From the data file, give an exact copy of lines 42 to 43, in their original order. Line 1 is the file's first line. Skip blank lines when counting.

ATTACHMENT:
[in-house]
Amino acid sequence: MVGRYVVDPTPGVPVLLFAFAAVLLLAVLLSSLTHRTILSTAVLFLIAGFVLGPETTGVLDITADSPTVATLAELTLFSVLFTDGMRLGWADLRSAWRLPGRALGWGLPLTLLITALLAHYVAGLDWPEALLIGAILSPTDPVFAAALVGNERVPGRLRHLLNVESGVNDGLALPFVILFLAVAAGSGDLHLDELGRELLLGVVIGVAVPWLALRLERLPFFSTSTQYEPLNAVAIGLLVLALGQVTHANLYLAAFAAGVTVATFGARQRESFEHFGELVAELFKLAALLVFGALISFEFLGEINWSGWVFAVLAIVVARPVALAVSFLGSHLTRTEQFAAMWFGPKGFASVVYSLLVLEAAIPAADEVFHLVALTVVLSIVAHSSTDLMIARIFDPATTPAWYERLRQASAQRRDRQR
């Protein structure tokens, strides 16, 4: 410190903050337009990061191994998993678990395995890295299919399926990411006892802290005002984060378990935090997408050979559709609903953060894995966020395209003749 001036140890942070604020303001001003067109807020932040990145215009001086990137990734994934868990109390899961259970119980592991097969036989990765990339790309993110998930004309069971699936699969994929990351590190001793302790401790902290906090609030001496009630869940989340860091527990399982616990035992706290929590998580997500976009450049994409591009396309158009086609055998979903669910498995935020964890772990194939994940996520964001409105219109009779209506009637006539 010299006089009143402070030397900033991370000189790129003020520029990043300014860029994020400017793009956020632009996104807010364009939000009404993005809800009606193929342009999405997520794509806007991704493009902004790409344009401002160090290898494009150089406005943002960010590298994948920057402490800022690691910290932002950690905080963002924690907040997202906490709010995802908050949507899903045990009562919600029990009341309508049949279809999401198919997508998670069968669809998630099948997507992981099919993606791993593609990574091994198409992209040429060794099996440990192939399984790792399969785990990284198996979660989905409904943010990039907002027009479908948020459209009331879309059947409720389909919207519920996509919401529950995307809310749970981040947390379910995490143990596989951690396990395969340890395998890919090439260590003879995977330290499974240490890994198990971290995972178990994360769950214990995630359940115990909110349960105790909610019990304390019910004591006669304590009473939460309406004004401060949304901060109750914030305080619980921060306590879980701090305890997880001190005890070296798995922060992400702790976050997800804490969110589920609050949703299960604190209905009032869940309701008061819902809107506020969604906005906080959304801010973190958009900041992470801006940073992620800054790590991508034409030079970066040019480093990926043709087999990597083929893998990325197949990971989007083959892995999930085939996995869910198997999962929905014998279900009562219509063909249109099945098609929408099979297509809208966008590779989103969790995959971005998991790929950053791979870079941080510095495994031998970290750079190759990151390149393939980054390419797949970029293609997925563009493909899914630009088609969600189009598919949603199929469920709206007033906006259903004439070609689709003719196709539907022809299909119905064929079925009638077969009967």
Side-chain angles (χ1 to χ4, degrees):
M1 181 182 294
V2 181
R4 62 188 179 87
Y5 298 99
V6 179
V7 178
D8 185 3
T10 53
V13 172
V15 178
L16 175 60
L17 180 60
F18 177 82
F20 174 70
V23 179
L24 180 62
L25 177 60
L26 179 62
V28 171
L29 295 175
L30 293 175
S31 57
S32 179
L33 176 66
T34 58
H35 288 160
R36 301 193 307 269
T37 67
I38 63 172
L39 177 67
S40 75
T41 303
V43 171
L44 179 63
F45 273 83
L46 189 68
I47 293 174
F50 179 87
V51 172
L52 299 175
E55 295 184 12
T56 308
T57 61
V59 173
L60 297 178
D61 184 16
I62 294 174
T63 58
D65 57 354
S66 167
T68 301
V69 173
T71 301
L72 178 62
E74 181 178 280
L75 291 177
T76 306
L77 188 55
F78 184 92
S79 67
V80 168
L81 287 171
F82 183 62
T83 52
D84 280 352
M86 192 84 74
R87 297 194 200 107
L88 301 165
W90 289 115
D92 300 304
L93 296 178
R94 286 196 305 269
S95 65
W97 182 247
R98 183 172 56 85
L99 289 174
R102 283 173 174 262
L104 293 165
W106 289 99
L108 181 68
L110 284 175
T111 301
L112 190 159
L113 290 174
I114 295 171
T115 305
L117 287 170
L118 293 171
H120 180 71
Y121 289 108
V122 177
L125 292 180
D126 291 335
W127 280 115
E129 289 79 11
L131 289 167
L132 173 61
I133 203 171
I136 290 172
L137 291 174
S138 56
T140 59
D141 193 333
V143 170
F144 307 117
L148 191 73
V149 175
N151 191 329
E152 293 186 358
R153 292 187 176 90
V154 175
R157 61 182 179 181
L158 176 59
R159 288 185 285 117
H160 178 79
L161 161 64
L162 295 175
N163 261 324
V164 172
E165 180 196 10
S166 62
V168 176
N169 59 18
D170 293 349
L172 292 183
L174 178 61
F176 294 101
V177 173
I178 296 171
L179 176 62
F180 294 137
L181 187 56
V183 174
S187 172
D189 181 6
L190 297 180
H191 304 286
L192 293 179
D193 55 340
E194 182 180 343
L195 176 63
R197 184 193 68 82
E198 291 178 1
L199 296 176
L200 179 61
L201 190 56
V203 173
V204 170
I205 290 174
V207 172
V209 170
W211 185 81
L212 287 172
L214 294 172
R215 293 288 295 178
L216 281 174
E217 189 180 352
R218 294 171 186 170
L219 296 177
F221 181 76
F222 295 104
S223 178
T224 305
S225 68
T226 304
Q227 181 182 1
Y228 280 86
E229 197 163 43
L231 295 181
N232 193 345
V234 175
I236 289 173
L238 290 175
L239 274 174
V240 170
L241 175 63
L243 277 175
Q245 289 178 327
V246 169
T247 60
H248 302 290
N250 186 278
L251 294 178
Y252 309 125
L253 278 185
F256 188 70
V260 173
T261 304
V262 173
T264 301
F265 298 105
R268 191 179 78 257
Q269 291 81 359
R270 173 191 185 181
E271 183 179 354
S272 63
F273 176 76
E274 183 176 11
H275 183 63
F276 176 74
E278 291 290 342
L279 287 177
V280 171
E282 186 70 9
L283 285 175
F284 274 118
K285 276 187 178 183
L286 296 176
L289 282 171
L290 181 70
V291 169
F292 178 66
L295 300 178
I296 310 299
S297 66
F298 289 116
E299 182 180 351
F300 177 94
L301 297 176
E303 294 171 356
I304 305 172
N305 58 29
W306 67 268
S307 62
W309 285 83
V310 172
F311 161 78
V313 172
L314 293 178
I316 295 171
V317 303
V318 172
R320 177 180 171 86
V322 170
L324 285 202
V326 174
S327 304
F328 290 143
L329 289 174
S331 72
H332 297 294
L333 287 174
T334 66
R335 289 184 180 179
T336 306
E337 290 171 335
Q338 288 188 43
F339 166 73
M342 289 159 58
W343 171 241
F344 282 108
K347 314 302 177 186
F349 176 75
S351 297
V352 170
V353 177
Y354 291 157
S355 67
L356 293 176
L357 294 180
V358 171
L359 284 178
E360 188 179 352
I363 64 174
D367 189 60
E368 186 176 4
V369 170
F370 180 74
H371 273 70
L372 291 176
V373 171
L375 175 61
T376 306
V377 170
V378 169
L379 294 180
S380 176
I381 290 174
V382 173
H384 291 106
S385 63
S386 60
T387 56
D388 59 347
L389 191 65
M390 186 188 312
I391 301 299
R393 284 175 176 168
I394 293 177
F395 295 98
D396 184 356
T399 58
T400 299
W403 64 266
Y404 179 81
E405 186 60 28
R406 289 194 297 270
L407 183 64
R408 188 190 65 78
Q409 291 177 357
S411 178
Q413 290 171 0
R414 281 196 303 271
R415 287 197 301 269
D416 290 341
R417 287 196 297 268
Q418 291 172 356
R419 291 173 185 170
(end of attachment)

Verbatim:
F50 179 87
V51 172